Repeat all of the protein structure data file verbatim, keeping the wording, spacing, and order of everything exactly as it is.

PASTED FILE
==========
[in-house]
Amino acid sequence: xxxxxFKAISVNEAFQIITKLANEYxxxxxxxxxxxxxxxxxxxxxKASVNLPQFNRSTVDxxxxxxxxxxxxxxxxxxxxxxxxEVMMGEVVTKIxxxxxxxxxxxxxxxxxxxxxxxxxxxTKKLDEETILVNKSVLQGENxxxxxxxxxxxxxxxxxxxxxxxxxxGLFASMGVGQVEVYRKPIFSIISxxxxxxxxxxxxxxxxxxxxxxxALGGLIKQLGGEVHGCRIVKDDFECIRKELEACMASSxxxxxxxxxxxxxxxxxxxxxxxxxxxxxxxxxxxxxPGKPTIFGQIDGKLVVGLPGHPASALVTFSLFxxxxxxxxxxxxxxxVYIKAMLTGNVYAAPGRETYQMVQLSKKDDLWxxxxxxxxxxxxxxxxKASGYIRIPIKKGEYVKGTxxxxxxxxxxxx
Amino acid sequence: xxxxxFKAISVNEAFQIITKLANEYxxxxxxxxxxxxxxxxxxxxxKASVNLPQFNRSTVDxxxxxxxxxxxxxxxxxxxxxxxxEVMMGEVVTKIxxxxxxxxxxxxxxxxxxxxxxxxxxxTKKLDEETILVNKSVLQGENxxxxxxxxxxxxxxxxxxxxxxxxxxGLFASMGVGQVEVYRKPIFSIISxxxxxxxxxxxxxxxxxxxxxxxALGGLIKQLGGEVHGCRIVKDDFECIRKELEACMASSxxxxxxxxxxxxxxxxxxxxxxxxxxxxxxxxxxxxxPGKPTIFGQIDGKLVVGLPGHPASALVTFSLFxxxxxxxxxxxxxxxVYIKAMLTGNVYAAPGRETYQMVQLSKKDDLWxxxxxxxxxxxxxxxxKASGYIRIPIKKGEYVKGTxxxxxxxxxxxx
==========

[in-house]
Amino acid sequence: xxxxxFKAISVNEAFQIITKLANEYxxxxxxxxxxxxxxxxxxxxxKASVNLPQFNRSTVDxxxxxxxxxxxxxxxxxxxxxxxxEVMMGEVVTKIxxxxxxxxxxxxxxxxxxxxxxxxxxxTKKLDEETILVNKSVLQGENxxxxxxxxxxxxxxxxxxxxxxxxxxGLFASMGVGQVEVYRKPIFSIISxxxxxxxxxxxxxxxxxxxxxxxALGGLIKQLGGEVHGCRIVKDDFECIRKELEACMASSxxxxxxxxxxxxxxxxxxxxxxxxxxxxxxxxxxxxxPGKPTIFGQIDGKLVVGLPGHPASALVTFSLFxxxxxxxxxxxxxxxVYIKAMLTGNVYAAPGRETYQMVQLSKKDDLWxxxxxxxxxxxxxxxxKASGYIRIPIKKGEYVKGTxxxxxxxxxxxx
Amino acid sequence: xxxxxFKAISVNEAFQIITKLANEYxxxxxxxxxxxxxxxxxxxxxKASVNLPQFNRSTVDxxxxxxxxxxxxxxxxxxxxxxxxEVMMGEVVTKIxxxxxxxxxxxxxxxxxxxxxxxxxxxTKKLDEETILVNKSVLQGENxxxxxxxxxxxxxxxxxxxxxxxxxxGLFASMGVGQVEVYRKPIFSIISxxxxxxxxxxxxxxxxxxxxxxxALGGLIKQLGGEVHGCRIVKDDFECIRKELEACMASSxxxxxxxxxxxxxxxxxxxxxxxxxxxxxxxxxxxxxPGKPTIFGQIDGKLVVGLPGHPASALVTFSLFxxxxxxxxxxxxxxxVYIKAMLTGNVYAAPGRETYQMVQLSKKDDLWxxxxxxxxxxxxxxxxKASGYIRIPIKKGEYVKGTxxxxxxxxxxxx